Get a behind-the-scenes look at how science works, and how it takes on the challenges of the 21st century, with the Inventors-in-Residence in the Knight Learning Center. Inventors-in-Residence, a science prize competition and residency program, chooses winning early-stage inventions that have both a local relevance, and a global significance in their potential impact. The first of its kind in the nation, the program has selected two inventors who will each receive a $100,000 grant to support a 12-month residency at the museum to build-out and test their early stage technology. Winning scientific teams work in public-facing labs and interact with museum guests, discussing why their work matters, what kind of progress they’ve made, and what hurdles lie ahead.

Meet the Inventors-in-Residence Winners: Coral Prize and Carcinogen Prize

The winners of the first competition focused their work on two crucial topics: coral restoration (in the Caribbean, more than half of the coral reefs living in the 1970s are dead today); and detecting invisible carcinogens in real time, so people can avoid them and reduce dangerous exposure. The coral restoration team, Andrew Baker, an associate professor of marine biology and ecology at the University of Miami’s Rosenstiel School of Marine and Atmospheric Science, and Ph.D. candidate Rivah Winter, want to make reefs more climate-change resilient. It’s known that corals containing heat-tolerant symbiotic algae are more resistant to bleaching. The team has developed laboratory methods to boost symbiotic algae, thus boosting climate change resilience in a scalable manner as ocean temperatures rise.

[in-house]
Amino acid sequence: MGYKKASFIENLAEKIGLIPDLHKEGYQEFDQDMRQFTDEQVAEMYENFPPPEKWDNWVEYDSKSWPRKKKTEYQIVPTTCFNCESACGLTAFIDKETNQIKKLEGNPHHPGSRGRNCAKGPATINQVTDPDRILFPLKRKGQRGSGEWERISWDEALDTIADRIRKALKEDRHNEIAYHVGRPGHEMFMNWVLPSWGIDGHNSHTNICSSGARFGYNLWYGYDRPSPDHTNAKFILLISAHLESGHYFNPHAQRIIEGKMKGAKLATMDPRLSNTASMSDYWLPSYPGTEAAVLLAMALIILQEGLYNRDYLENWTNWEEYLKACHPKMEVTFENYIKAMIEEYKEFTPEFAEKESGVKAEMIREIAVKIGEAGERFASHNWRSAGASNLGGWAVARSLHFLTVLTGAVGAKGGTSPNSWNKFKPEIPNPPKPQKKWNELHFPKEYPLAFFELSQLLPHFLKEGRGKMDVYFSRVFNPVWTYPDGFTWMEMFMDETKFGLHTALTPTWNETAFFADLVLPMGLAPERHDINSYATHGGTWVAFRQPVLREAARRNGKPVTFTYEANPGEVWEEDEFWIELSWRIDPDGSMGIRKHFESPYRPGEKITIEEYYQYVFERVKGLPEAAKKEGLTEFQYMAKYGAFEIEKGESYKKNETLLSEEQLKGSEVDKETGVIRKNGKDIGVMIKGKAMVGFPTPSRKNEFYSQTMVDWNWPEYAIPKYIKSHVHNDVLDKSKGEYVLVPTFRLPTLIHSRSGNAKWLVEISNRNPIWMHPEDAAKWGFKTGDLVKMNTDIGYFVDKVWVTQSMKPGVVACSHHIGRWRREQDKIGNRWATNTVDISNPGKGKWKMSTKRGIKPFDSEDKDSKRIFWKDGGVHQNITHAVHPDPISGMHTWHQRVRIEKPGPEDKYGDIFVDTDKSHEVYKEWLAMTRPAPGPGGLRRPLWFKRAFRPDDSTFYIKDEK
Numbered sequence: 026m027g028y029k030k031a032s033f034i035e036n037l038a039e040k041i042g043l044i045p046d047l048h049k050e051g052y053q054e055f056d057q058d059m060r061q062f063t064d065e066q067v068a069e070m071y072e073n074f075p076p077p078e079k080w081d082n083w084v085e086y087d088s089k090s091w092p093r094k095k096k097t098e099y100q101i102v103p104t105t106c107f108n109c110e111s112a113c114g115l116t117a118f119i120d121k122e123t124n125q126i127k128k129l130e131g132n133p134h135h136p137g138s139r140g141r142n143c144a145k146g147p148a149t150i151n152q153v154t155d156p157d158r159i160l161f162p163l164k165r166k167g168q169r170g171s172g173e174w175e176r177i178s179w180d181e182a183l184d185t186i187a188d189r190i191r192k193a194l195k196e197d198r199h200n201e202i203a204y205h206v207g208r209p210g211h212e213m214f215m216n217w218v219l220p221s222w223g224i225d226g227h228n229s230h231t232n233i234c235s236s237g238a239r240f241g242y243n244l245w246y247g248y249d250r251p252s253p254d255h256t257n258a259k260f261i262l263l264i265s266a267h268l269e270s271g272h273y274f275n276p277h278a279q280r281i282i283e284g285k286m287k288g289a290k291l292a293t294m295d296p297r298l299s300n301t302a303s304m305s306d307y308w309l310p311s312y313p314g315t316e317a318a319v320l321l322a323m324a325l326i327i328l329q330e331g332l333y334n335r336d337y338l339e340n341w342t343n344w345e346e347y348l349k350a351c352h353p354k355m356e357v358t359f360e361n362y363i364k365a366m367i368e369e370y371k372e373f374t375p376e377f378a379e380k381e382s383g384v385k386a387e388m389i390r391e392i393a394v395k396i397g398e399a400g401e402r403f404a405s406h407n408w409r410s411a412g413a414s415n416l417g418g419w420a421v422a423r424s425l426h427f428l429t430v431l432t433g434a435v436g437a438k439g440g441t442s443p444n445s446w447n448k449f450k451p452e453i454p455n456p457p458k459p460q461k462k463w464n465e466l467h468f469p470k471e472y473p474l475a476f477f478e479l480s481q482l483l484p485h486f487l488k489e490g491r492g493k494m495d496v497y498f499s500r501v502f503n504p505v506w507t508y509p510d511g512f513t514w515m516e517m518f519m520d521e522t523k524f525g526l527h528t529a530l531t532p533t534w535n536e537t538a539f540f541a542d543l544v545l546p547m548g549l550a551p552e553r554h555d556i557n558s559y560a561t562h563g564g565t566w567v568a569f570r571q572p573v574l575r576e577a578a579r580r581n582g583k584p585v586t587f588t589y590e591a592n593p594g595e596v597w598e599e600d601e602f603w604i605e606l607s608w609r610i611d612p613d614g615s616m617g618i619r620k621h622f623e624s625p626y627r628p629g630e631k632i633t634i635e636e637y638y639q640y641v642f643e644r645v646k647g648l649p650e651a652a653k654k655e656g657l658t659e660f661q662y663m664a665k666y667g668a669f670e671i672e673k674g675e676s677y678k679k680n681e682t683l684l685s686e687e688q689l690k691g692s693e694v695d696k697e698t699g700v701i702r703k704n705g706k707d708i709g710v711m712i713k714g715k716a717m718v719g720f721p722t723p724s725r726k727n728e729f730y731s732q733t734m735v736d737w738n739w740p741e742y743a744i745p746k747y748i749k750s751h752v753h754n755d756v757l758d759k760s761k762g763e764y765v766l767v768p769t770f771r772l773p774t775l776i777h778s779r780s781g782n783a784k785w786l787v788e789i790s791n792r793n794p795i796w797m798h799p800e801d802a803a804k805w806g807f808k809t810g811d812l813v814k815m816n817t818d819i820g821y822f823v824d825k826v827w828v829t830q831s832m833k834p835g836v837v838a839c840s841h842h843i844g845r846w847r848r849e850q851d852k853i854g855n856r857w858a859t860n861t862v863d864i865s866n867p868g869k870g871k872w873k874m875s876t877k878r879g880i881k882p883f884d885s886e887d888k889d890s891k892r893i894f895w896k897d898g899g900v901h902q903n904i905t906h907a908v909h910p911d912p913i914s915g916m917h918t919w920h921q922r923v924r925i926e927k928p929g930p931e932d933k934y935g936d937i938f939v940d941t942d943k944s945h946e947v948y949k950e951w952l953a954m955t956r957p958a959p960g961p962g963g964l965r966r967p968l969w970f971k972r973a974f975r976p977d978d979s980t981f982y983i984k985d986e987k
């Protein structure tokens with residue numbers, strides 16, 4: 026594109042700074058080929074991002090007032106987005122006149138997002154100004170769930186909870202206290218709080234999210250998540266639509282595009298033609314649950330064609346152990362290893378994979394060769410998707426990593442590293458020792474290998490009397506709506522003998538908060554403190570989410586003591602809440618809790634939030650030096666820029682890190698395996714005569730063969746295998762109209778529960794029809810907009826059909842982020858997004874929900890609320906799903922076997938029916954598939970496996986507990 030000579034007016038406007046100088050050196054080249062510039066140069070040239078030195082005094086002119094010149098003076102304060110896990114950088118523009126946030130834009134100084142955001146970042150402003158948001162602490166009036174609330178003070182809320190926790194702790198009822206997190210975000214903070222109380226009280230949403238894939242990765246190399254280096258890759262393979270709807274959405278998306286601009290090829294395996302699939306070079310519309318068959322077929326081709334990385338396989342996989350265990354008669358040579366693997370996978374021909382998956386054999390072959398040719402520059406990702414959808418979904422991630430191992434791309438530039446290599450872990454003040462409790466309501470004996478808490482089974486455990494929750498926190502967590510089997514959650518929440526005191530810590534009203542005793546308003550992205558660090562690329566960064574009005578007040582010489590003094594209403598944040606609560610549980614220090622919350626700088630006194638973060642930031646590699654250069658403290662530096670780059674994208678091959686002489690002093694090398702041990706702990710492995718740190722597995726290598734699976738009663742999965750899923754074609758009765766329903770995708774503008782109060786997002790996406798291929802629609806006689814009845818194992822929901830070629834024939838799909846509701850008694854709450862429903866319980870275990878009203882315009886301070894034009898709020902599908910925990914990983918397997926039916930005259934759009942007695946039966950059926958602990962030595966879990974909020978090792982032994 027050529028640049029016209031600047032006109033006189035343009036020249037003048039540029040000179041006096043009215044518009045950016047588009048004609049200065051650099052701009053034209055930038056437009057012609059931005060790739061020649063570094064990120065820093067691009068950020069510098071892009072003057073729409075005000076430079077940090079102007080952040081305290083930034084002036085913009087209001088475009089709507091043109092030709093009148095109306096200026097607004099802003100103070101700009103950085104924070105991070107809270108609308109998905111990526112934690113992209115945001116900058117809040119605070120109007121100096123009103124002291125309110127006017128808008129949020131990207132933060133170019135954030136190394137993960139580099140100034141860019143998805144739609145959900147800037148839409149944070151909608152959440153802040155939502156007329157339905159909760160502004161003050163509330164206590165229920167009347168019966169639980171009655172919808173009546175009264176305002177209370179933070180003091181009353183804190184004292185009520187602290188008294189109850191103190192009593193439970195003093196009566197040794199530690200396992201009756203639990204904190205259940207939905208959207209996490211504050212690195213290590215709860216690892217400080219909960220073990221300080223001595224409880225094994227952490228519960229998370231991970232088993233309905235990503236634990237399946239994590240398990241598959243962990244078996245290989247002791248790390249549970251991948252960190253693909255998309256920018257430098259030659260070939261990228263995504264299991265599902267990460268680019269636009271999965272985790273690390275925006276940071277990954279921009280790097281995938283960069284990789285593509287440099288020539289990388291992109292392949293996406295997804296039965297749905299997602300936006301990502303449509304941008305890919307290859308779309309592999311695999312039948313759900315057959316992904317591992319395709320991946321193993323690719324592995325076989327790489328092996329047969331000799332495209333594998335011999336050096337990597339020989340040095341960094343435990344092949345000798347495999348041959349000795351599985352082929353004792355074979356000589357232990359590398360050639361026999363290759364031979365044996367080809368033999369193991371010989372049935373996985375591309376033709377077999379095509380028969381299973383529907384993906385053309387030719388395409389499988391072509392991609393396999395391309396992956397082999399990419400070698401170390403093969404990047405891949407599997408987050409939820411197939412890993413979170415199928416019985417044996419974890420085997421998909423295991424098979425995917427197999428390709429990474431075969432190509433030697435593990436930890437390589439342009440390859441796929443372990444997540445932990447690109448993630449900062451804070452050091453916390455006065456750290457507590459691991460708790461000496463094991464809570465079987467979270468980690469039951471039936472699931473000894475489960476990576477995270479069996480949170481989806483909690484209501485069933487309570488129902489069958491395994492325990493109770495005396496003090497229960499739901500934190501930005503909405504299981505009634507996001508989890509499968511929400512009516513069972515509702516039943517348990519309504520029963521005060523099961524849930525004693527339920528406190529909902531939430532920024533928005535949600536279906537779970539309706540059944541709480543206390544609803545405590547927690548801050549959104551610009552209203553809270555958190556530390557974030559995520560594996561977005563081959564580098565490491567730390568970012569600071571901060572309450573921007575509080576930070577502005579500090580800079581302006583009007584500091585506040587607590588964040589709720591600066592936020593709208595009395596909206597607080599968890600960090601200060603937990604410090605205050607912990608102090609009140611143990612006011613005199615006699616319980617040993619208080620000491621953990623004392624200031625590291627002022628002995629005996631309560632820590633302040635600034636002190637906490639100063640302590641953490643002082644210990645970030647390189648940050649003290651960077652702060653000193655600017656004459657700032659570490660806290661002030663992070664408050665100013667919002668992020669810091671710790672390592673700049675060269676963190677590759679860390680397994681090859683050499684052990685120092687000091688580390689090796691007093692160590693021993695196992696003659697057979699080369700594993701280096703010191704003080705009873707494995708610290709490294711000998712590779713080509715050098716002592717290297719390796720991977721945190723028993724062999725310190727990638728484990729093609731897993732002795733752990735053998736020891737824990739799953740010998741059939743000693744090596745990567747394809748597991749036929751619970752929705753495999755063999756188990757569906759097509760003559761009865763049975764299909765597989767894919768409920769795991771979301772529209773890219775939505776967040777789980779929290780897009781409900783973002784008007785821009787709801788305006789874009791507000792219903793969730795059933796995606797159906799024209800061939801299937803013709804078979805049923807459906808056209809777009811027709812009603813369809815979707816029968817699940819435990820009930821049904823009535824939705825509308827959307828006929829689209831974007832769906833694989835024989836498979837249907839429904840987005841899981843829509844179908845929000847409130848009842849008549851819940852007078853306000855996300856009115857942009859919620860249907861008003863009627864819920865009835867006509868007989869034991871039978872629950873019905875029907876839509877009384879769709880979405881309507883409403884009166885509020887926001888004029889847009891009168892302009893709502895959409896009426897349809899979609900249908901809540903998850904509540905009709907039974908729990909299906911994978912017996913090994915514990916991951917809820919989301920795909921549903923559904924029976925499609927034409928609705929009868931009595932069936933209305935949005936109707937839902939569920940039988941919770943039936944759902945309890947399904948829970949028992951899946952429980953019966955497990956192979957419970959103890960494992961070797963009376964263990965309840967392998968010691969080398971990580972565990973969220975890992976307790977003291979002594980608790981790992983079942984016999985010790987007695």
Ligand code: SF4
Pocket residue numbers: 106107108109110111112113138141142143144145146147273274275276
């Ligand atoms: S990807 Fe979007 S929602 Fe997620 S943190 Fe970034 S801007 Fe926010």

Carcinogen tracker Prasoon Diwakar is a senior research associate at the Centre for Materials under Extreme Environment (CMUXE) at Purdue University, where he examines the fundamentals of ultrafast laser ablation processes and their implications on various analytical techniques. At Frost Science, Diwakar is developing a portable, real time, cost-effective carcinogen detector using laser-induced breakdown spectroscopy (LIBS), which would detect known carcinogen including toxic metals, pollutants and others. Museum guests can see real-time chemical analysis of solid, liquid, gas, and aerosol samples, and determine if there are any potential carcinogens present.

Inventors-in-Residence was conceived by engineer and entrepreneur Dr. Ted Caplow, and is being jointly developed by Caplow, Nathalie Manzano, and Frost Science. Caplow is the founder of immersive science education pioneer New York Sun Works, and Caplow and Manzano jointly created the Miami Science Barge, a public floating education center and sustainable marine lab that won the inaugural 2015 Knight Foundation Cities Challenge. Dr. Caplow generously supports the inaugural Inventors-in-Residence at Frost Science.

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